COX‘S BAZAR, Bangladesh/YANGON (Reuters) – Nearly 90,000 Rohingya have fled to Bangladesh since violence erupted in Myanmar in August, pressuring scarce resources of aid agencies and communities already helping hundreds of thousands of refugees from previous spasms of violence in Myanmar.
The bloodshed in Myanmar’s northwestern Rakhine state was triggered by an attack on Aug. 25 on dozens of police posts and an army base by Rohingya insurgents. The ensuing clashes and a military counter-offensive have killed at least 400 people.
Myanmar officials blamed Rohingya militants for the burning of homes and civilian deaths but rights monitors and Rohingya fleeing to neighboring Bangladesh say the Myanmar army is trying to force Rohingya out with a campaign of arson and killings.
The treatment of Buddhist-majority Myanmar’s roughly 1.1 million Muslim Rohingya is the biggest challenge facing leader Aung San Suu Kyi, accused by Western critics of not speaking out for the minority that has long complained of persecution.
The Nobel Peace Prize laureate has come under increasing diplomatic pressure from countries with large Muslim populations such as Bangladesh, Turkey, Indonesia and Pakistan to protect Rohingya civilians.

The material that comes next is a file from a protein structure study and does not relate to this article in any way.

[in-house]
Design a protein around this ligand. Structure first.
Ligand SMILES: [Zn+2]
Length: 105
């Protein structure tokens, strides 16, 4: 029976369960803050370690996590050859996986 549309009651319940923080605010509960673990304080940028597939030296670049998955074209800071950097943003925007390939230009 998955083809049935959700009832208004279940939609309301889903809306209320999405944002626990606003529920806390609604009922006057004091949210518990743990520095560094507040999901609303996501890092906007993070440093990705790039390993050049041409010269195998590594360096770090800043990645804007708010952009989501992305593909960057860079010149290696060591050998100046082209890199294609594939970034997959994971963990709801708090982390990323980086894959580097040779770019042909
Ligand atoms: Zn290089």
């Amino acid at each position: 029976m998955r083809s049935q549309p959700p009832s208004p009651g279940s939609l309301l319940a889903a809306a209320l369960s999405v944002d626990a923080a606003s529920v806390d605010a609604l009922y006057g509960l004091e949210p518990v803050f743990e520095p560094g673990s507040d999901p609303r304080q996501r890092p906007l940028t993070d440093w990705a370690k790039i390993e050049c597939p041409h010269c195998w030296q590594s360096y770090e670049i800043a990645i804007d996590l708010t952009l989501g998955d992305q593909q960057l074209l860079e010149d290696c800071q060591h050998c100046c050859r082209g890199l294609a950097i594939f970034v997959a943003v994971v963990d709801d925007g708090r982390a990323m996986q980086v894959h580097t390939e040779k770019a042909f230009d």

Myanmar says its security forces are fighting a legitimate campaign against “terrorists” responsible for a string of attacks on police posts and the army since last October.
The number of those crossing the border into Bangladesh – 87,000 – surpassed the number who escaped Myanmar after a series of much smaller insurgent attacks in October that set off a military operation beset by accusations of serious human rights abuses.
The newest estimate, based on calculations by U.N. workers in the Bangladeshi border district of Cox’s Bazar, takes to nearly 150,000 the total number of Rohingya who have sought refuge in Bangladesh since October.
“We are trying to build houses here, but there isn’t enough space,” said Mohammed Hussein, 25, who was still looking for a place to stay after fleeing Myanmar four days ago.
“No non-government organizations came here. We have no food. Some women gave birth on the roadside. Sick children have no treatment.”
An unofficial camp for Rohingya refugees that sprang up after the October attacks is being dramatically expanded.
Hundreds of Rohingya milled beside the road while others slung tarpaulins over bamboo frames to make shelters against the monsoon rain.
Among new arrivals, about 16,000 are…